The grippy legs not only mean they don’t have to fit so tightly to your face to stay on but also help in securing the glasses in your helmet. These seem noticeably more secure and rattle less than the previous iteration.
OneUp Carbon Handlebar & Stem
• 800mm Wide / 35mm Dia Bars • Sweep 8° Back 5° Up Bars • $139.50 & $79.50 USD • 35 and 50mm Stem options • 0° rise Stem • Cuting and control alignment marks • 0° rise Stem • oneupcomponents.com
How we measure handlebars isn’t as simple as you might think. Not only does something like a high amount of bar rise mean that you can run the same bar height without eating into your frame reach, but there are also other factors that can muddy the water.
The way we measure sweep is in relation to where the taper ends. This means that two bars that on paper have the same dimensions can put your hands in a different position or your wrists at a different angle. Handlebars are one of the few areas of the bike that I’m more conservative about. When it comes to frames, I love the weird and sometimes whacky geometry dimensions people will come up with. However, with bars I’m very much a bread-and-butter kind of guy.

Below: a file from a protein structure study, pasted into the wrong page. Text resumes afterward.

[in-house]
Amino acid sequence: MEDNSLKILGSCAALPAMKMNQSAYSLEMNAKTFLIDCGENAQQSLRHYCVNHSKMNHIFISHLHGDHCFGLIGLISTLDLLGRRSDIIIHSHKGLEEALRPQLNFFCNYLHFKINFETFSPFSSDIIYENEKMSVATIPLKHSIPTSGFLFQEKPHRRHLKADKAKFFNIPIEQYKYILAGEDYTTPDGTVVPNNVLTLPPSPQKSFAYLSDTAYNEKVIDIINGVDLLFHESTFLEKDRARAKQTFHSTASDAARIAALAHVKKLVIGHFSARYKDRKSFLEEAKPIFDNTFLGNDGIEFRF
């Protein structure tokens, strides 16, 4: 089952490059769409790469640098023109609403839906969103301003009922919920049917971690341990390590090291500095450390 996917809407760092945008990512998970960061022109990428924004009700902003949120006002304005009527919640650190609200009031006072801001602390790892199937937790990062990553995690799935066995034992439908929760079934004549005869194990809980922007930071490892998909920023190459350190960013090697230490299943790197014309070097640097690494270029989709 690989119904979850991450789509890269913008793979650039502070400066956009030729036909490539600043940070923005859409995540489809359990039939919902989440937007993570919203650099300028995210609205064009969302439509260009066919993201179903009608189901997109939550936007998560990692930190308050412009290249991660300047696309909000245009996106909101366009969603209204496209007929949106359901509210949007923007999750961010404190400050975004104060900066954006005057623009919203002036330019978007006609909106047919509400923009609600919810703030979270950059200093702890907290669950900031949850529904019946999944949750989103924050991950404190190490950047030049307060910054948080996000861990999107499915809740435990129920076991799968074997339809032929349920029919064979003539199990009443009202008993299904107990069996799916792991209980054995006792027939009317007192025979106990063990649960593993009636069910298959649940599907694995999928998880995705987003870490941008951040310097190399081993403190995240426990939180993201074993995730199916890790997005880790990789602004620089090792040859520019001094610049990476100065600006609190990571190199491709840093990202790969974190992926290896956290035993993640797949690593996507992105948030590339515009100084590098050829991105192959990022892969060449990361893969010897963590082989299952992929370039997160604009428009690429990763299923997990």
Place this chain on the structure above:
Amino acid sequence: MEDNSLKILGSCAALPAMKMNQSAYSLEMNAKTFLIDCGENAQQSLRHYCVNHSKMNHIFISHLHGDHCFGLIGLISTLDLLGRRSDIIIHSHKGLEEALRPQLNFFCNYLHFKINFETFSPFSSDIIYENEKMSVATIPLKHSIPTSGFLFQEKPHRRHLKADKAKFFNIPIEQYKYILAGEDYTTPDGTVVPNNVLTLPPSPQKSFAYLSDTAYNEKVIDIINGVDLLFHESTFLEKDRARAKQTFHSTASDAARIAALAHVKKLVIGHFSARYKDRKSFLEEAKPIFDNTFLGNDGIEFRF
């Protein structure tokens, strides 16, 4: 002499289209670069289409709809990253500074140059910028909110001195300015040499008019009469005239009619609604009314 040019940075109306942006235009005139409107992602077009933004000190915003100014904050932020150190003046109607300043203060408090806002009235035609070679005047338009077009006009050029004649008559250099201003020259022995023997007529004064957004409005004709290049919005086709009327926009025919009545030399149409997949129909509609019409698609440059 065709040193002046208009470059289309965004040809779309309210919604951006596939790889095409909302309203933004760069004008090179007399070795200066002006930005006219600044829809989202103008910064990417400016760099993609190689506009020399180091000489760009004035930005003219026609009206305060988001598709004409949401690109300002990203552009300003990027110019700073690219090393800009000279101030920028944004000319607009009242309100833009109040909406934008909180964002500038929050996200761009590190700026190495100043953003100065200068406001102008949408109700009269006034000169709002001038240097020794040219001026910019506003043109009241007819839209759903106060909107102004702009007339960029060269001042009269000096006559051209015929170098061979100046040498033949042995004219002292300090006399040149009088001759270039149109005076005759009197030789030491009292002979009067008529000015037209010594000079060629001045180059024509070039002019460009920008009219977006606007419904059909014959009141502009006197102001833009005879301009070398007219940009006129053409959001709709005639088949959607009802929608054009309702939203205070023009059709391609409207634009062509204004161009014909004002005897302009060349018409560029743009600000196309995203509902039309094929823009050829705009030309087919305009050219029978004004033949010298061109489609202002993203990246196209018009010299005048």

I like the shape I know and love and don’t have too much interest in exploring outside that. Going between bikes a lot, I needed a bar that had dimensions I liked that I could take from bike to bike, so I decided to go for these bars from OneUp.
Yes, it’s carbon and yes OneUp make assurances of fatigue reduction. These claims may well hold water, and I definitely didn’t find them to be uncomfortable, but without back-to-back testing and isolating some parameters it’s hard to say exactly. One thing, however, I really enjoyed was the shape. These bars put my hands exactly where they want to be. The considerable 35mm rise and 0° rise stem also give me set up options aplenty.